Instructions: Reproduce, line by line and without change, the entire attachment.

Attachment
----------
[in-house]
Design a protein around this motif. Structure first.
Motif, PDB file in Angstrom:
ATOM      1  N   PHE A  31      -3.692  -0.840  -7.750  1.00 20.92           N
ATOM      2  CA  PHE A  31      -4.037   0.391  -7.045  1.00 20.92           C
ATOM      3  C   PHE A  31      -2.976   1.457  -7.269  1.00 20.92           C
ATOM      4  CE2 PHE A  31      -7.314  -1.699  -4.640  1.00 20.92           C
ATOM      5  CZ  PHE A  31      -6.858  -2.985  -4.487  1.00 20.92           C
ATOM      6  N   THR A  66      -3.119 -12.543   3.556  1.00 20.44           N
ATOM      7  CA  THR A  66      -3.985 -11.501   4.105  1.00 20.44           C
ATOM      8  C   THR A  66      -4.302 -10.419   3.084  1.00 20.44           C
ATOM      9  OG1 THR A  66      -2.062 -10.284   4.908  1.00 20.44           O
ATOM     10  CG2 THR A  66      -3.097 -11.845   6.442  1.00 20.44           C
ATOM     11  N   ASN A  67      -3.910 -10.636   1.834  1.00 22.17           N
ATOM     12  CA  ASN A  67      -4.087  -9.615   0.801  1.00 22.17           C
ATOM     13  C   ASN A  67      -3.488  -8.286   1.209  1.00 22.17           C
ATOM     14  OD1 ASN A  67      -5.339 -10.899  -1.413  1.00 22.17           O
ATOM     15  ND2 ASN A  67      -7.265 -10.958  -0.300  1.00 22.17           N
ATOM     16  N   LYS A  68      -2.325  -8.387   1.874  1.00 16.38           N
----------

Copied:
[in-house]
Design a protein around this motif. Structure first.
Motif, PDB file in Angstrom:
ATOM      1  N   PHE A  31      -3.692  -0.840  -7.750  1.00 20.92           N
ATOM      2  CA  PHE A  31      -4.037   0.391  -7.045  1.00 20.92           C
ATOM      3  C   PHE A  31      -2.976   1.457  -7.269  1.00 20.92           C
ATOM      4  CE2 PHE A  31      -7.314  -1.699  -4.640  1.00 20.92           C
ATOM      5  CZ  PHE A  31      -6.858  -2.985  -4.487  1.00 20.92           C
ATOM      6  N   THR A  66      -3.119 -12.543   3.556  1.00 20.44           N
ATOM      7  CA  THR A  66      -3.985 -11.501   4.105  1.00 20.44           C
ATOM      8  C   THR A  66      -4.302 -10.419   3.084  1.00 20.44           C
ATOM      9  OG1 THR A  66      -2.062 -10.284   4.908  1.00 20.44           O
ATOM     10  CG2 THR A  66      -3.097 -11.845   6.442  1.00 20.44           C
ATOM     11  N   ASN A  67      -3.910 -10.636   1.834  1.00 22.17           N
ATOM     12  CA  ASN A  67      -4.087  -9.615   0.801  1.00 22.17           C
ATOM     13  C   ASN A  67      -3.488  -8.286   1.209  1.00 22.17           C
ATOM     14  OD1 ASN A  67      -5.339 -10.899  -1.413  1.00 22.17           O
ATOM     15  ND2 ASN A  67      -7.265 -10.958  -0.300  1.00 22.17           N
ATOM     16  N   LYS A  68      -2.325  -8.387   1.874  1.00 16.38           N